The Broken Windows Crime Theory Applies to Startups

Every detail counts. It isn’t that every detail needs to be planned in advanced but that every detail needs to be addressed. According to Wikipedia, the Broken Windows Theory says the following:

Monitoring and maintaining urban environments in a well-ordered condition may stop further vandalism and escalation into more serious crime.

For startups, it isn’t about further decay but rather about setting the tone organization-wide that details matter. Details in the product, details in the corporate culture, details in the office, and details in how people are treated matter. You can still launch a minimum viable product and have the details for the feature set covered, even if it is sparse.

People are smart and pick up on what’s acceptable and what’s not acceptable. It’s hard to set the tone that some details matter and others don’t. A better approach is that all details matter, like the broken windows theory implies, and some details have a higher priority than others. The next time you see an issue or a detail not addressed, consider the implications and organizational approach.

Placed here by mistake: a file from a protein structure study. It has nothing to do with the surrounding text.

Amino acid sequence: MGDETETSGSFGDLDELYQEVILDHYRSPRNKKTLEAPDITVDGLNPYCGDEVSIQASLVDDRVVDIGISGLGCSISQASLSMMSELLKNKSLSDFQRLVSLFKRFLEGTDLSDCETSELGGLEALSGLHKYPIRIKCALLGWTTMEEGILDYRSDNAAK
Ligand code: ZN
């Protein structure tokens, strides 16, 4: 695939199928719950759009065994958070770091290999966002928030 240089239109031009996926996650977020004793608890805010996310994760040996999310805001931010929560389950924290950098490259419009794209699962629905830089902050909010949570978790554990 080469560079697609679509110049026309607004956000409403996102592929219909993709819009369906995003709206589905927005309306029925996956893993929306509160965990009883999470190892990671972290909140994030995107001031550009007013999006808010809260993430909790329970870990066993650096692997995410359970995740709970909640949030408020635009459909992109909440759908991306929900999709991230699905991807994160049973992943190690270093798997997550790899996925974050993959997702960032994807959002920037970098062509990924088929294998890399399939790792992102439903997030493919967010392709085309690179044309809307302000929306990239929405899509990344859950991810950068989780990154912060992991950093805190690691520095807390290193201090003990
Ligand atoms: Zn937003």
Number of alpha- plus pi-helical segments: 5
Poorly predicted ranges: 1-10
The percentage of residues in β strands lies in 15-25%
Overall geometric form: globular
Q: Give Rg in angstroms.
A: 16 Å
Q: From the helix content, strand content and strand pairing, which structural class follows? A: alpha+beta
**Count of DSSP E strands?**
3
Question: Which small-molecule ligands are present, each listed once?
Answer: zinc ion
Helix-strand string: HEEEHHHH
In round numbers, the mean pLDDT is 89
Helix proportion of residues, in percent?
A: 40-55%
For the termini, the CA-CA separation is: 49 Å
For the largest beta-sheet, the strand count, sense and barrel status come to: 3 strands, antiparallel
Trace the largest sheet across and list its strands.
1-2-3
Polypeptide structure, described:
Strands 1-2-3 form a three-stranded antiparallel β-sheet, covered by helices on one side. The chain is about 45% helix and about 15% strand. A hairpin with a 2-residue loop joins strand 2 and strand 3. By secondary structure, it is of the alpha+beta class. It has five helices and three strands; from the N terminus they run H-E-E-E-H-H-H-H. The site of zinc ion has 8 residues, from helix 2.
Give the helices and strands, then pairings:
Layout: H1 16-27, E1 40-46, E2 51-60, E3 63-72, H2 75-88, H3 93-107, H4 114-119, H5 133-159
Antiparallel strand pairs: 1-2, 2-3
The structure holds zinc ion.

What else? What are your thoughts on the broken windows theory for crime applying to details in startups?

2 thoughts on “The Broken Windows Crime Theory Applies to Startups

  1. What a neat linking of ideas. I researched the Broken Window theory recently for a client, and you are absolutely correct. Will keep this in mind!

  2. I just recently heard about the Broken Windows Theory while reading Malcolm Gladwell’s The Tipping Point, where he mentions how the theory helped spark the steep decrease in crime in New York City subways in the late 80’s to mid 90’s by simply cracking down on petty crimes like “fare-evading” and graffiti.

    The smallest of details can have a large impact.

Leave a Reply

Fill in your details below or click an icon to log in: Logo

You are commenting using your account. Log Out /  Change )

Twitter picture

You are commenting using your Twitter account. Log Out /  Change )

Facebook photo

You are commenting using your Facebook account. Log Out /  Change )

Connecting to %s

This site uses Akismet to reduce spam. Learn how your comment data is processed.